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First drive: Astra to spearhead Opel onslaught

Family ties: The Opel Astra range will open with the same 1.4-litre turbo-petrol engine that powers the Holden Cruze CD ‘iTi’ when it arrives in Australia next year.

Slick new Opel Astra to lead German GM brand’s Australian introduction next year

30 Sep 2011

GENERAL Motors’ long-lamented Astra nameplate will return to Australia around this time next year, but this time it will be accompanied by Opel – rather than Holden – badges on an all-new model to become available via the first local dealer network for the mainstream German brand.

GM has high hopes for the born-again Astra in Australia – where the previous AH generation was discontinued in 2008, just months before the current model was released in Europe – with no less than half of an eventual 15,000 annual Opel sales expected to come from the small hatchback and wagon model line.

That is a far cry from the Astra’s best local sales year of 2005 (when 34,218 were sold) and less than one-fifth of the sales volume achieved by the top-selling Mazda3 and Toyota Corolla in Australia’s largest single vehicle segment last year.

It would also make the Astra about half as popular as its most direct rival, the Volkswagen Golf, which last year sold 15,425 units in Australia while commanding a near-30 per cent segment share at home in Germany, ahead of the Astra with almost 10 per cent.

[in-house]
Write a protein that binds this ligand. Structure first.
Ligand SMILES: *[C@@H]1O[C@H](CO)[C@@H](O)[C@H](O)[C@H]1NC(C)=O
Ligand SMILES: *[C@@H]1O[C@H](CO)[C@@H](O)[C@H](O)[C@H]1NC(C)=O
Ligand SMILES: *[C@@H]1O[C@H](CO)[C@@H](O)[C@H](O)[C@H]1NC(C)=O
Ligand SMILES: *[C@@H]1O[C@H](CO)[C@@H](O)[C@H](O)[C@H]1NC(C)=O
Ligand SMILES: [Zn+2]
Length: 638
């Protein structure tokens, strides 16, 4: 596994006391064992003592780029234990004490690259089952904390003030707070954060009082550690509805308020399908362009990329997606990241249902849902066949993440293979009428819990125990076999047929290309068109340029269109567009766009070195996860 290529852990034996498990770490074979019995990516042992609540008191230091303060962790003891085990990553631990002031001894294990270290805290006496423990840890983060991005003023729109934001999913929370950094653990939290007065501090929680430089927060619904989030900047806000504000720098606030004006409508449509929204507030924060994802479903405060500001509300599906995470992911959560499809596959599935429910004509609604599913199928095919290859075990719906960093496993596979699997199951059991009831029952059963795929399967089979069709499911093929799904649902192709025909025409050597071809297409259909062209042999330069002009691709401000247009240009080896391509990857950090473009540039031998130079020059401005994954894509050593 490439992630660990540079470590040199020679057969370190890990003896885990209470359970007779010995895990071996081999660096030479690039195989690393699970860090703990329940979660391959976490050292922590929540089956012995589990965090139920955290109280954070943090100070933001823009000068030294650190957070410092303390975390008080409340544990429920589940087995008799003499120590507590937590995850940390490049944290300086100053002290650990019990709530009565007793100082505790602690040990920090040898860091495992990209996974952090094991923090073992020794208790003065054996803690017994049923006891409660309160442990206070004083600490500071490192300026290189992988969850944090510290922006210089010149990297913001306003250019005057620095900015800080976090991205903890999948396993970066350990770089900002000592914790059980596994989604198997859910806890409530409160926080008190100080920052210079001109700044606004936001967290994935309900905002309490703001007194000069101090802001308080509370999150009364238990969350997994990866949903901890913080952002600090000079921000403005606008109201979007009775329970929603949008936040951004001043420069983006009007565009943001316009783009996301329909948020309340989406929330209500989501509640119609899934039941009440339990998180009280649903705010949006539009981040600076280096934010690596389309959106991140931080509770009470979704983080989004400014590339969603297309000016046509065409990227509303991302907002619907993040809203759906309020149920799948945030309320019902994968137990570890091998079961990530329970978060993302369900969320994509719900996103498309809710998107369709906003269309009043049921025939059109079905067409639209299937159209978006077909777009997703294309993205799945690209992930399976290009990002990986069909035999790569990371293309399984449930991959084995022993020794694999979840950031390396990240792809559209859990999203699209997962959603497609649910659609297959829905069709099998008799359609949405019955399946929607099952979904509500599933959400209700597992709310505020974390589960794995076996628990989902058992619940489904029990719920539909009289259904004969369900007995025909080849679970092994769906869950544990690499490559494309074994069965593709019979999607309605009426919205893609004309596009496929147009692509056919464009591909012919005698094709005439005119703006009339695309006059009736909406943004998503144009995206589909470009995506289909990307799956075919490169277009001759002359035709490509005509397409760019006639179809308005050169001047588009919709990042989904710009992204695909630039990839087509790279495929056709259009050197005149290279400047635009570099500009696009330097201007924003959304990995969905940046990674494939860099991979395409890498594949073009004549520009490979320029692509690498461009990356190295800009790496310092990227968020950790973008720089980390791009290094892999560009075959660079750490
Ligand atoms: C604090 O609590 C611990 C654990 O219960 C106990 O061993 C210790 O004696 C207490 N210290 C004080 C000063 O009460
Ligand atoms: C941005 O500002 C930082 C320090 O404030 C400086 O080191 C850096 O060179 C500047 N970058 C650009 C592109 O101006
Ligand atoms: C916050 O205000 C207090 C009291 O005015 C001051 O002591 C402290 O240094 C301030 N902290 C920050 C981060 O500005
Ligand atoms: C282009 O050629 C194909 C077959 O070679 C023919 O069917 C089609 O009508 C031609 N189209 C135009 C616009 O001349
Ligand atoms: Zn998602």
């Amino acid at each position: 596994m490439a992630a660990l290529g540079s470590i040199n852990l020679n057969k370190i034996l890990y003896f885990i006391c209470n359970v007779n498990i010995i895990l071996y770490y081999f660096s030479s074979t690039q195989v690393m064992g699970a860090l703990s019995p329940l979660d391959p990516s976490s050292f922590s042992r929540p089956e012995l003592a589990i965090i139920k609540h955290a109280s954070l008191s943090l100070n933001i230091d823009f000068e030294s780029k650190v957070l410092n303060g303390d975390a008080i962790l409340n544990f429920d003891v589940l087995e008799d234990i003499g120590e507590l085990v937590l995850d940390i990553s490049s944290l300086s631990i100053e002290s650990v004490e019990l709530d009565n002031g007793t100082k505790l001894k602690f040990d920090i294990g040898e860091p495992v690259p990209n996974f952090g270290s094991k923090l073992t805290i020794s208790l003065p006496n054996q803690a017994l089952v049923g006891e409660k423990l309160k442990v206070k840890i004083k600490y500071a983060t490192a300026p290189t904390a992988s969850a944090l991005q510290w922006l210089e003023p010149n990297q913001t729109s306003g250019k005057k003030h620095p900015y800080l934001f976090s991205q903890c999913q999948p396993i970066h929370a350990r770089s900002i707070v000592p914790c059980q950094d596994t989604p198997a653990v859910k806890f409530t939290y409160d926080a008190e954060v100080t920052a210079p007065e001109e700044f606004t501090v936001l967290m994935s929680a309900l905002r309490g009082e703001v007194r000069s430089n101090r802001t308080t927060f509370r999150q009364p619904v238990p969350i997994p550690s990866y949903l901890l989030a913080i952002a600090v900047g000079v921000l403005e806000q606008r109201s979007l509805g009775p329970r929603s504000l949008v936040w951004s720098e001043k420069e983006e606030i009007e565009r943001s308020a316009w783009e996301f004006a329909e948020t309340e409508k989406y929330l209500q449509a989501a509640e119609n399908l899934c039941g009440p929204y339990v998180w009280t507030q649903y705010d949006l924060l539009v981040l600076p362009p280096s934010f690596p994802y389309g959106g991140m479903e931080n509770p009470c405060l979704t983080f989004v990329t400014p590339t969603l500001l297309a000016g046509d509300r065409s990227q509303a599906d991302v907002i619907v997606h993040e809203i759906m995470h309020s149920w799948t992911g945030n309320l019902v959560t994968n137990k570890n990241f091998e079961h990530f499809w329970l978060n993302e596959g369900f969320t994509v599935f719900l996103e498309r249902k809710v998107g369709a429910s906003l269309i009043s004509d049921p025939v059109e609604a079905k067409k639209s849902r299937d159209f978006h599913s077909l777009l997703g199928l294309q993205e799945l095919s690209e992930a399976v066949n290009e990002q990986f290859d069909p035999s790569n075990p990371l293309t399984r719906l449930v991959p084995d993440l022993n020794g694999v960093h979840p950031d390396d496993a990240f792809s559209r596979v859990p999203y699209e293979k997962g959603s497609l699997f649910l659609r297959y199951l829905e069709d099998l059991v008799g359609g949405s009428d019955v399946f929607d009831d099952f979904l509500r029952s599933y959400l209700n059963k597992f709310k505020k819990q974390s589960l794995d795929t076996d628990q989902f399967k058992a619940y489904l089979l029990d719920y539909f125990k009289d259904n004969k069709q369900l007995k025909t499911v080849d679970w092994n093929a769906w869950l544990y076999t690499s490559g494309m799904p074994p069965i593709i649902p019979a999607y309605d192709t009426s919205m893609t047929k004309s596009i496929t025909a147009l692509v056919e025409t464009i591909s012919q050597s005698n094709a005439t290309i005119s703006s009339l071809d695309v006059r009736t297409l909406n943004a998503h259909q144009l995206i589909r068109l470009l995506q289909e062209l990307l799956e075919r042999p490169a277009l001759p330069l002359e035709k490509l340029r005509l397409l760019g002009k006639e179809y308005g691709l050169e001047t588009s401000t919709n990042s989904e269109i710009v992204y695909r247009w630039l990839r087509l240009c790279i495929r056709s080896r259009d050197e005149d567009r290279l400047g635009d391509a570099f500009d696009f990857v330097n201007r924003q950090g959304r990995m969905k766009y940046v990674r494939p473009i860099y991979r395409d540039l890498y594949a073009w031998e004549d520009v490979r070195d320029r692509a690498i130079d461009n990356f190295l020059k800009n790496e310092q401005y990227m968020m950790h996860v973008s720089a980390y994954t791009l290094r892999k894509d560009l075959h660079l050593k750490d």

However, it would also make the Astra one of Australia’s top 10 small cars, giving GM a second model in the booming segment alongside Holden’s mechanically similar Cruze sedan, which so far this year has outsold the Corolla and will next month be joined by the Australian-designed Cruze hatch.

52 center imageAlthough it will be priced higher than the Cruze (which currently opens at $21,240 plus on-road costs) at around the same price as the Golf (from $21,990), the five-door Astra hatch will come with a 1.6-litre turbocharged petrol engine that is more advanced than the Cruze’s range-opening naturally aspirated 1.8-litre petrol four.

The Astra hatch and ‘Sports Tourer’ wagon range will, however, open with the same 1.4-litre turbo-petrol engine that powers the Cruze CD ‘iTi’ (from $22,490) and SRi sports models, as well as the 2.0-litre turbo-diesel seen in the Cruze CDTi (from $24,990).

GoAuto drove all three engines across both new Astra body styles in Germany following this month’s Frankfurt motor show, where Opel staged the world production debut of the all-new Astra GTC Coupe that could join the mainstream hatch and wagon models on sale from launch next October.

It is not yet known whether the Astra, model for model, will match the level of standard equipment seen in small-car leaders like the newly facelifted Mazda3, which this week also received a $1000 base price cut, to $20,330.

However, after a solid two-day drive in the Rheingau region around Opel’s Russelsheim headquarters, it is clear that – despite sharing the same GM Delta II small-car platform as the Cruze – the German-tuned Astra delivers a higher level of handing dynamics than its Korean-based, Australian-designed and manufactured sibling.

Unlike its two most direct German-engineered rivals, the Golf and Ford Focus, the Astra eschews a more expensive independent rear suspension layout for a simpler Watts link solid rear axle set-up, but adds the larger Insignia’s FlexRide variable damping system to deliver a comparably classy ride/handling set-up, at least on German roads.

Opel’s latest Astra combines high levels of refinement and noise suppression with a rock-solid body and well-sorted chassis, making it one of the most rewarding small cars on the road.